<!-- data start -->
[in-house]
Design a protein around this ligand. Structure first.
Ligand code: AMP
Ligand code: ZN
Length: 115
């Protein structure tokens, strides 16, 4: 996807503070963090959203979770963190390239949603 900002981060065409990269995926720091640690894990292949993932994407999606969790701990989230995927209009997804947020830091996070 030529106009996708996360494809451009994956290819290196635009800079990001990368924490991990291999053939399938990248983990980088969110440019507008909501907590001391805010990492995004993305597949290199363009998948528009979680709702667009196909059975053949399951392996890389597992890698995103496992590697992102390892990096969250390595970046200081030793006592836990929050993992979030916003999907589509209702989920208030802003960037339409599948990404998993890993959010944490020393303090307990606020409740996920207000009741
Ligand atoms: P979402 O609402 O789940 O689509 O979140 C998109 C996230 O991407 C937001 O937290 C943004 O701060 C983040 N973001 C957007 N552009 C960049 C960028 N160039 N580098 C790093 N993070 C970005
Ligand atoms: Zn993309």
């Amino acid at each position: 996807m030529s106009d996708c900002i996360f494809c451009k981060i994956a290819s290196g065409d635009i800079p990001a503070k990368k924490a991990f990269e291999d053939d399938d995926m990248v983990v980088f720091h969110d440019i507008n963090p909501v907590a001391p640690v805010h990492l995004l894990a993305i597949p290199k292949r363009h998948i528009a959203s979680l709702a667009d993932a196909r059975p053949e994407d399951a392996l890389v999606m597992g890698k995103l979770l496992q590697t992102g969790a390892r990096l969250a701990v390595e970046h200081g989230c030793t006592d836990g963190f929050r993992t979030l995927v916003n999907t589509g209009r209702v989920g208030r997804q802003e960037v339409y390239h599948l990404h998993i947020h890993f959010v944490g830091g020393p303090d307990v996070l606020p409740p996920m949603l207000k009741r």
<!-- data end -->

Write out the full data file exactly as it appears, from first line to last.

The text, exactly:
[in-house]
Design a protein around this ligand. Structure first.
Ligand code: AMP
Ligand code: ZN
Length: 115
């Protein structure tokens, strides 16, 4: 996807503070963090959203979770963190390239949603 900002981060065409990269995926720091640690894990292949993932994407999606969790701990989230995927209009997804947020830091996070 030529106009996708996360494809451009994956290819290196635009800079990001990368924490991990291999053939399938990248983990980088969110440019507008909501907590001391805010990492995004993305597949290199363009998948528009979680709702667009196909059975053949399951392996890389597992890698995103496992590697992102390892990096969250390595970046200081030793006592836990929050993992979030916003999907589509209702989920208030802003960037339409599948990404998993890993959010944490020393303090307990606020409740996920207000009741
Ligand atoms: P979402 O609402 O789940 O689509 O979140 C998109 C996230 O991407 C937001 O937290 C943004 O701060 C983040 N973001 C957007 N552009 C960049 C960028 N160039 N580098 C790093 N993070 C970005
Ligand atoms: Zn993309």
């Amino acid at each position: 996807m030529s106009d996708c900002i996360f494809c451009k981060i994956a290819s290196g065409d635009i800079p990001a503070k990368k924490a991990f990269e291999d053939d399938d995926m990248v983990v980088f720091h969110d440019i507008n963090p909501v907590a001391p640690v805010h990492l995004l894990a993305i597949p290199k292949r363009h998948i528009a959203s979680l709702a667009d993932a196909r059975p053949e994407d399951a392996l890389v999606m597992g890698k995103l979770l496992q590697t992102g969790a390892r990096l969250a701990v390595e970046h200081g989230c030793t006592d836990g963190f929050r993992t979030l995927v916003n999907t589509g209009r209702v989920g208030r997804q802003e960037v339409y390239h599948l990404h998993i947020h890993f959010v944490g830091g020393p303090d307990v996070l606020p409740p996920m949603l207000k009741r």